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Just how bad are the Oakland A’s this season? Check the numbers

The Kansas City Royals are in the midst of a historically bad season that could very well go down as the franchise’s worst.

Somehow, the Oakland Athletics are even worse.

The A’s entered the All-Star break at 25-67, 1½ games “ahead” of the Royals (26-65) for the worst record in baseball. The next-worst team is the Colorado Rockies, who at 34-57 are nearly 10 games clear of Oakland.

The A’s are also 20½ games behind the Los Angeles Angels for fourth place in the American League West, 27½ games behind division-leading Texas.

There’s plenty of blame to go around for what is on track to be one of the worst seasons in baseball history, one that comes as the team is pursuing relocation to Las Vegas.

The Legislature has approved providing up to $380 million in public financing for a proposed retractable roof ballpark on the Tropicana hotel site. The A’s will look to play outside of Oakland for the 2025-2027 seasons before potentially moving into their proposed $1.5 billion, 30,000-seat ballpark on the Strip in 2028.

Oakland is last in the league in batting average, but also worst in ERA and WHIP, having already given up 577 runs this season. The A’s surrendered just 572 in the entire 2014 season.

The defense isn’t doing the team any favors, either.

According to Fieldingbible.com, the A’s are far and away the worst defensive team in baseball, with a minus-57 in defensive runs saved. Only 10 teams are in the red in the category, and the Chicago White Sox are the next-worst at minus-37.

All of that has the A’s in the unenviable position of trying to avoid a dubious spot in history. Fortunately for the organization, the A’s were able to put together a stunning seven-game winning streak in June that greatly decreased their odds of setting some very ugly records.

Of course, it was followed by an eight-game losing streak.

The A’s were the first team ever to lose 62 games before July 1 and are on pace to finish 44-118. They would need to finish with at least 38 wins to avoid the worst winning percentage in the game’s modern era, which was set by the Philadelphia A’s in 1916, and at least 42 wins to surpass the league’s 61-year-old record for most losses in a season.

The 1962 New York Mets finished at 40-120, but they were an expansion team. Detroit holds the American League record for losses in a season with 119 in 2003.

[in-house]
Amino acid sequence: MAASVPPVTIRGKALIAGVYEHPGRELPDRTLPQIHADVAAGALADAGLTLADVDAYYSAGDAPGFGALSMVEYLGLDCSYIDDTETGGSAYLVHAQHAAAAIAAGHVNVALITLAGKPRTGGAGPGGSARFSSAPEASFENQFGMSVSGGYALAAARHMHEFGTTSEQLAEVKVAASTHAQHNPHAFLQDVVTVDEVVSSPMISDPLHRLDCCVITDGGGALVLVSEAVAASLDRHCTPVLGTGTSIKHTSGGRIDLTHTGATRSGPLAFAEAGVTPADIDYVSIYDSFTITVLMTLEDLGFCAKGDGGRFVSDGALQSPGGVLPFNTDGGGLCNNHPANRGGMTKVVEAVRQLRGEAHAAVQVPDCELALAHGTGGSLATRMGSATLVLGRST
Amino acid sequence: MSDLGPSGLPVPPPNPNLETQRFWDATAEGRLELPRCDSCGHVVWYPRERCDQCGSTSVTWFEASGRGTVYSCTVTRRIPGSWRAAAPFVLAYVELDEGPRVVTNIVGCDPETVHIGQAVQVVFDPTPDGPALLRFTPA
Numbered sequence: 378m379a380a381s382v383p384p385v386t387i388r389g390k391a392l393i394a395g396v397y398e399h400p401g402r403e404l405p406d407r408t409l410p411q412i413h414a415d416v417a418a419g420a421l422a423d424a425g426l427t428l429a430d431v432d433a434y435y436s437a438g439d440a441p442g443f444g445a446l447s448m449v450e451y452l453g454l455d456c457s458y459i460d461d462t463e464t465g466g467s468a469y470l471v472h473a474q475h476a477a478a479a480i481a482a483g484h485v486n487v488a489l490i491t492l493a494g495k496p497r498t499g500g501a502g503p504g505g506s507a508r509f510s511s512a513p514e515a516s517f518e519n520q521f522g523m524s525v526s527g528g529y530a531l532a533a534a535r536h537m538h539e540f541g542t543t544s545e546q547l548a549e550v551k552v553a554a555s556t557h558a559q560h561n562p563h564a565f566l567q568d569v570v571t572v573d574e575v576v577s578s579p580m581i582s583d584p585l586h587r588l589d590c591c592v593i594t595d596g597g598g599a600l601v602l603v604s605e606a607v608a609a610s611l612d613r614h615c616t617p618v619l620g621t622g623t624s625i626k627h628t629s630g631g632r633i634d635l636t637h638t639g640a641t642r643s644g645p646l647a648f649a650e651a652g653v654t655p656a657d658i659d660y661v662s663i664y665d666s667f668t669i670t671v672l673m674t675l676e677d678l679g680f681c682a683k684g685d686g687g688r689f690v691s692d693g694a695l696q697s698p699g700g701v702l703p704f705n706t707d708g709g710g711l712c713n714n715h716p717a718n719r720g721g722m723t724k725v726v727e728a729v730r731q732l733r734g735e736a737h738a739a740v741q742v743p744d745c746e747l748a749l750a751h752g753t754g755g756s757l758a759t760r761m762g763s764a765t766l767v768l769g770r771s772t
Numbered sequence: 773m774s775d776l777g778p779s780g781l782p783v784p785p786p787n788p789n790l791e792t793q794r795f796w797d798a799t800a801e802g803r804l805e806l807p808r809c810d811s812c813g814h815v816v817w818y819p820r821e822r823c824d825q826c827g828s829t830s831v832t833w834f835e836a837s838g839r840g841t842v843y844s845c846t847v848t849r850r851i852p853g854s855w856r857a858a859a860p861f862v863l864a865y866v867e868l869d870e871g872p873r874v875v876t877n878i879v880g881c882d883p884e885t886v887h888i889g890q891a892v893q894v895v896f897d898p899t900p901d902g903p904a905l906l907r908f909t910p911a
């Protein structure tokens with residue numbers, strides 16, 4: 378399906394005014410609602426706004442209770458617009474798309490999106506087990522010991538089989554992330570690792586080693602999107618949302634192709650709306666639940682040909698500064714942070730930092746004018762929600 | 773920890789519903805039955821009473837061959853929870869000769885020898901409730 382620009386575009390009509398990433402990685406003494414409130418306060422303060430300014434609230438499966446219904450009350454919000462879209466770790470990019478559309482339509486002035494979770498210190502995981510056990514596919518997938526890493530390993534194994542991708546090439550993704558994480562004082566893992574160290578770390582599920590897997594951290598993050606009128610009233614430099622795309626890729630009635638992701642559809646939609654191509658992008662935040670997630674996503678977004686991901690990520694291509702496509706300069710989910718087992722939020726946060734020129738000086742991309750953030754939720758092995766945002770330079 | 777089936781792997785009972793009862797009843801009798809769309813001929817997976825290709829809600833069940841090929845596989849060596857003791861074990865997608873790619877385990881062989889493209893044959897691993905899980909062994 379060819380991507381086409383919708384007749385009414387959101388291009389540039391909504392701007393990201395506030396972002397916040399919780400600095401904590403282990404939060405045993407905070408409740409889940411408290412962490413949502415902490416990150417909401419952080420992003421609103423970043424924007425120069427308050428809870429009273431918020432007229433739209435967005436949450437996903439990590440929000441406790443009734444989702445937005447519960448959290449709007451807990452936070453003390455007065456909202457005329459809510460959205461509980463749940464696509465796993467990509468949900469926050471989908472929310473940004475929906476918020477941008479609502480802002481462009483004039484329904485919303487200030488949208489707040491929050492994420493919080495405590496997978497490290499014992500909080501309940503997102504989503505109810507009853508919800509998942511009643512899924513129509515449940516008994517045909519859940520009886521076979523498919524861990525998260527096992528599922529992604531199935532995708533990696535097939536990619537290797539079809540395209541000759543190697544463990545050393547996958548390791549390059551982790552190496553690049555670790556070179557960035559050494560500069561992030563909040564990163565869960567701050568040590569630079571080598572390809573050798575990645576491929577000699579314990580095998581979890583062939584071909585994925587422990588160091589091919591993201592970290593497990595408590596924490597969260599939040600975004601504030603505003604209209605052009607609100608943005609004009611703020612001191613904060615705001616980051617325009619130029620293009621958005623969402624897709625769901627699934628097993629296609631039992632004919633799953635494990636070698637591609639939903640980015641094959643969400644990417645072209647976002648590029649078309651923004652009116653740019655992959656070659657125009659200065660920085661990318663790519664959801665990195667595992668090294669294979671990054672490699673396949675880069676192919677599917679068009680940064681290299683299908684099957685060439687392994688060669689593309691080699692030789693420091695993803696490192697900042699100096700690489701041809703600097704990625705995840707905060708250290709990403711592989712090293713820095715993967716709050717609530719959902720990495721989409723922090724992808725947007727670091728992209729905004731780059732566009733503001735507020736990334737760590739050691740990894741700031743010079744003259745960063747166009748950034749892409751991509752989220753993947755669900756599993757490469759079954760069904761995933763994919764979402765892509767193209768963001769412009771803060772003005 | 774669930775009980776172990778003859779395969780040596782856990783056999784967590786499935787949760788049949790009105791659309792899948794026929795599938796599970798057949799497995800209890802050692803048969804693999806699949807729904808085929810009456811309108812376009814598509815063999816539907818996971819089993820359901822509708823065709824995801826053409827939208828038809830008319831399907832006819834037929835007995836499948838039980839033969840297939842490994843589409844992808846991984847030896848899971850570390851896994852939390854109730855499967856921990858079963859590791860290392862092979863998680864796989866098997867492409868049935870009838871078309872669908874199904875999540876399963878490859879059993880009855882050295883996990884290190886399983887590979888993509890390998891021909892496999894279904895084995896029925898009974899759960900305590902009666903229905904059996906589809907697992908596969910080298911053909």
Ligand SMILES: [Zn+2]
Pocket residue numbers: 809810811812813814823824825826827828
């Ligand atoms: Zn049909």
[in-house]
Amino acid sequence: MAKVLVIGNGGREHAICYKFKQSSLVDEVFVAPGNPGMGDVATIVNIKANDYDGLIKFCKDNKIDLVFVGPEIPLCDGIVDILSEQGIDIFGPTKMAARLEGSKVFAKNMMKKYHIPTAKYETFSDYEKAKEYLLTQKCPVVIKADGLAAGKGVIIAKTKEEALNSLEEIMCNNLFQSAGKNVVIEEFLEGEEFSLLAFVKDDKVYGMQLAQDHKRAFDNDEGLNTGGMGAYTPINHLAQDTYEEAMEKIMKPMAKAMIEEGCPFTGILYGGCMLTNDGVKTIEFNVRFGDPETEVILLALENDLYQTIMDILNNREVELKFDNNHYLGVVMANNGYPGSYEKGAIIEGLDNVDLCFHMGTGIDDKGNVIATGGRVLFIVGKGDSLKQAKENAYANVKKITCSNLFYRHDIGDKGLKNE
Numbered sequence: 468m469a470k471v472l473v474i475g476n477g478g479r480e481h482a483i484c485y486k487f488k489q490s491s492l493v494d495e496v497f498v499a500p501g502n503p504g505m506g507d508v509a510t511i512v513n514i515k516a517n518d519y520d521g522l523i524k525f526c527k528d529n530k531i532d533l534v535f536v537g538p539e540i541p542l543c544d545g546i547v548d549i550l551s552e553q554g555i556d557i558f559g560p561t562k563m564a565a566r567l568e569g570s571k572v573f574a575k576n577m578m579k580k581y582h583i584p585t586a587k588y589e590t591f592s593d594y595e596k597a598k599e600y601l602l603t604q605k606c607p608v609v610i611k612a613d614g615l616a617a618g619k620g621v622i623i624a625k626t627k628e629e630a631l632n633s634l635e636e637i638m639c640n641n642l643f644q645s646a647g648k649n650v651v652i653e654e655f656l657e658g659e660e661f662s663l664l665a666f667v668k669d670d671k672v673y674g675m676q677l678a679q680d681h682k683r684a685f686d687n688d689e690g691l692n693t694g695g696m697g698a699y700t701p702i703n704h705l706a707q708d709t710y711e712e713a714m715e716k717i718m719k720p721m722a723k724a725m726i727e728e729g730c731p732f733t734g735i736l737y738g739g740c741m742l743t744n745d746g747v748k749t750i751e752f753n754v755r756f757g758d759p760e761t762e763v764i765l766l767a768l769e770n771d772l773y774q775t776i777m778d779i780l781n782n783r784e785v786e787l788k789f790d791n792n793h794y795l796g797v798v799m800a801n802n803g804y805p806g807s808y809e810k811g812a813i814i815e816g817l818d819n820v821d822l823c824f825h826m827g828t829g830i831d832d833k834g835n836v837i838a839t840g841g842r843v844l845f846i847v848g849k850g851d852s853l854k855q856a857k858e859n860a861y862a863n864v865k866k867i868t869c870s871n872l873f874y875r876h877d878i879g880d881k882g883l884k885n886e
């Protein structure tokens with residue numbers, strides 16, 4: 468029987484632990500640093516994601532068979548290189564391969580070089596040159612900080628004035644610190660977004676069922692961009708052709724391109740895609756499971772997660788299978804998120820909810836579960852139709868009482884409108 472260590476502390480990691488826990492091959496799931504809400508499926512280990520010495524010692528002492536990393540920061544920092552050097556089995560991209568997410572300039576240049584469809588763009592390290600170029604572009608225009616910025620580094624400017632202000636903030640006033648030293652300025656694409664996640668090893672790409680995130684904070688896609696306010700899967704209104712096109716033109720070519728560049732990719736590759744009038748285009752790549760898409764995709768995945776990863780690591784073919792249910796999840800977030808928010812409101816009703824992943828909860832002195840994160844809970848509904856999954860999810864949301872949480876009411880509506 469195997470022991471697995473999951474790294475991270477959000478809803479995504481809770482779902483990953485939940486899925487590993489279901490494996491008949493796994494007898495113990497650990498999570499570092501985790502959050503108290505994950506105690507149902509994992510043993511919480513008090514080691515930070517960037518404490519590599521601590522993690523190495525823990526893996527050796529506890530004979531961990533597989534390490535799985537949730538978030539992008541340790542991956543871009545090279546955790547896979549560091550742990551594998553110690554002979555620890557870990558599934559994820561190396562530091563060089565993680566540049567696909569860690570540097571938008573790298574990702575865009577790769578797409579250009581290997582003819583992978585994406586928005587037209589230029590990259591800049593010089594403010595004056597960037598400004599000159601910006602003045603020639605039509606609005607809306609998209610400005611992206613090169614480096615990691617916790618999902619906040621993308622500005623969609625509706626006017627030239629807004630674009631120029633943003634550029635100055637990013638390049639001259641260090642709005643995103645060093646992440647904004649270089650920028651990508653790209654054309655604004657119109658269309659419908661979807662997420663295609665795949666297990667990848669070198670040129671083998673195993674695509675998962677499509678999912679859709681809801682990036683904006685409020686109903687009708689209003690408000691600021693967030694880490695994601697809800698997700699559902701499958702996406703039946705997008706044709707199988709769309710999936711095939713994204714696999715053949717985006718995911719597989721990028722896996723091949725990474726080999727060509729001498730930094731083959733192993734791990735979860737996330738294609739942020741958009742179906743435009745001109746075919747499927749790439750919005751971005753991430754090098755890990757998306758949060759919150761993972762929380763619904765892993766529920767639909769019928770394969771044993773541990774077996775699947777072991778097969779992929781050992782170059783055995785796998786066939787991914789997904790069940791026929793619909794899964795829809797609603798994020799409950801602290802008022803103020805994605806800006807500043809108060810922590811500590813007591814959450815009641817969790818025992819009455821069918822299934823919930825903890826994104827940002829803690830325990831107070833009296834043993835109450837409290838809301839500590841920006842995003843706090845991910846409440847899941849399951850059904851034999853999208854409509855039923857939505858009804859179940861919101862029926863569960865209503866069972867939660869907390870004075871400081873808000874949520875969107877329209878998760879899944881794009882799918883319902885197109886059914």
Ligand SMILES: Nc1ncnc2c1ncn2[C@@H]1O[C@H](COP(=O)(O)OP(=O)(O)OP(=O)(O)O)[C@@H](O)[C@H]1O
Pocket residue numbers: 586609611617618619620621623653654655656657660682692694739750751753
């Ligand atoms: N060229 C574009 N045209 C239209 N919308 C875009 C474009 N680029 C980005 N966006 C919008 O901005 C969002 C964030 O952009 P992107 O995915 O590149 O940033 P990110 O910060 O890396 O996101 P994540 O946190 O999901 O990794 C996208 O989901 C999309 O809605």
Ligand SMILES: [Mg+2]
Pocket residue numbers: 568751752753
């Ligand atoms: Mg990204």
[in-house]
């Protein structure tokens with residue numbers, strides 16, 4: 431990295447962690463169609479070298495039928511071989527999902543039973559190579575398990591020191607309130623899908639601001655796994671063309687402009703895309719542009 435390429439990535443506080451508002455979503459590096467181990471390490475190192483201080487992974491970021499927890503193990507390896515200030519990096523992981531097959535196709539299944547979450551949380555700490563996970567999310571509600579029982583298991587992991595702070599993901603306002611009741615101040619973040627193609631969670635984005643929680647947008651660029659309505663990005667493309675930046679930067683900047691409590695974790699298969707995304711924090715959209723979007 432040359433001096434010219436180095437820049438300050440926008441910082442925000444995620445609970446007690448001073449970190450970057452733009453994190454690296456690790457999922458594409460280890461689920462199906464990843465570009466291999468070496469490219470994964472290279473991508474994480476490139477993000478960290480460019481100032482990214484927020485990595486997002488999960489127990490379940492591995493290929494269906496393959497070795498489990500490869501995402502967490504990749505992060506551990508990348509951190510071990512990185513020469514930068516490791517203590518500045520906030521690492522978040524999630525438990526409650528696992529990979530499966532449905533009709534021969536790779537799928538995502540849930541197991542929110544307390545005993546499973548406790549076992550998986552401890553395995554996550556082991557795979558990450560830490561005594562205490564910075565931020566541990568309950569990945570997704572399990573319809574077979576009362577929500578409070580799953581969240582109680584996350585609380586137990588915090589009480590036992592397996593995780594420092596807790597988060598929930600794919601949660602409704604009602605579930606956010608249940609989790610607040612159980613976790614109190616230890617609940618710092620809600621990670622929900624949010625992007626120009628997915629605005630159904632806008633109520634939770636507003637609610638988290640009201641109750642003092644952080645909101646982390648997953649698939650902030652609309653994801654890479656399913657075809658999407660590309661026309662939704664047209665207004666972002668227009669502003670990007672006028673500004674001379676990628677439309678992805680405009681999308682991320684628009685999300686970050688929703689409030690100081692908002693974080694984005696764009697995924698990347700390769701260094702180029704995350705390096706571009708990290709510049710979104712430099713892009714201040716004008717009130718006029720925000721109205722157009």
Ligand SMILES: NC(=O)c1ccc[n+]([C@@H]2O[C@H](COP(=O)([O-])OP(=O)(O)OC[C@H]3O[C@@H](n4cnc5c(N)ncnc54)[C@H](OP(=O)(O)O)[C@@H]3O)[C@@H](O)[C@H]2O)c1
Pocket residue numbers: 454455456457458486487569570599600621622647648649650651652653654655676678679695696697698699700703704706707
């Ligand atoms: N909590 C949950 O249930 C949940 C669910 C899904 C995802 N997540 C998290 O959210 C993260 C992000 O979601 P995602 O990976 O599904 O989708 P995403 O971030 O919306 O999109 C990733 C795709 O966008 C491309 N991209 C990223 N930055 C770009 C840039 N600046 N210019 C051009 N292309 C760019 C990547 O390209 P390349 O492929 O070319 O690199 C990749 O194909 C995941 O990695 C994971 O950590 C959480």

While none of that is encouraging, The true depths to which a team that was in the postseason three straight seasons from 2018 and 2020 has sunk are best described by run differential. It’s simply a measure of how many runs are scored compared to how many are allowed and generally serves as a fairly good indicator of relative team strength.

If that’s the case, the A’s are truly awful.

Oakland is dead last in runs per game at 3.58, a number that drops all the way to 3.25 at home. Cleveland is next-worst at home at 3.63, nearly four-tenths of a run better per game.

The A’s are also last in runs per game allowed, surrendering 6.27 per contest. No other team is above 6.0.

All of that equates to a run differential of minus-248 entering the All-Star break. Remember how bad the Royals have been? They are next-worst at minus-155.

The A’s are being outscored by a whopping 2.7 runs per game, putting them on track to finish the season at minus-437. That would shatter the record of minus-349, set by the 1932 Boston Red Sox.

Those looking for a silver lining can turn their attention back to the 19th century. While these records of futility involve the modern era of the game, which is generally considered to have started in 1900, there were some very bad teams before that time.

The 1889 Louisville Colonels went 27-111 in 1889, followed by a 23-113 campaign for the Pittsburgh Alleghenys the next season.

Worst of all were the Cleveland Spiders, who went 20-134 in 1899 with a run differential of minus-723.

They folded immediately after the season.

Contact Adam Hill at ahill@reviewjournal.com. Follow @AdamHillLVRJ on Twitter.

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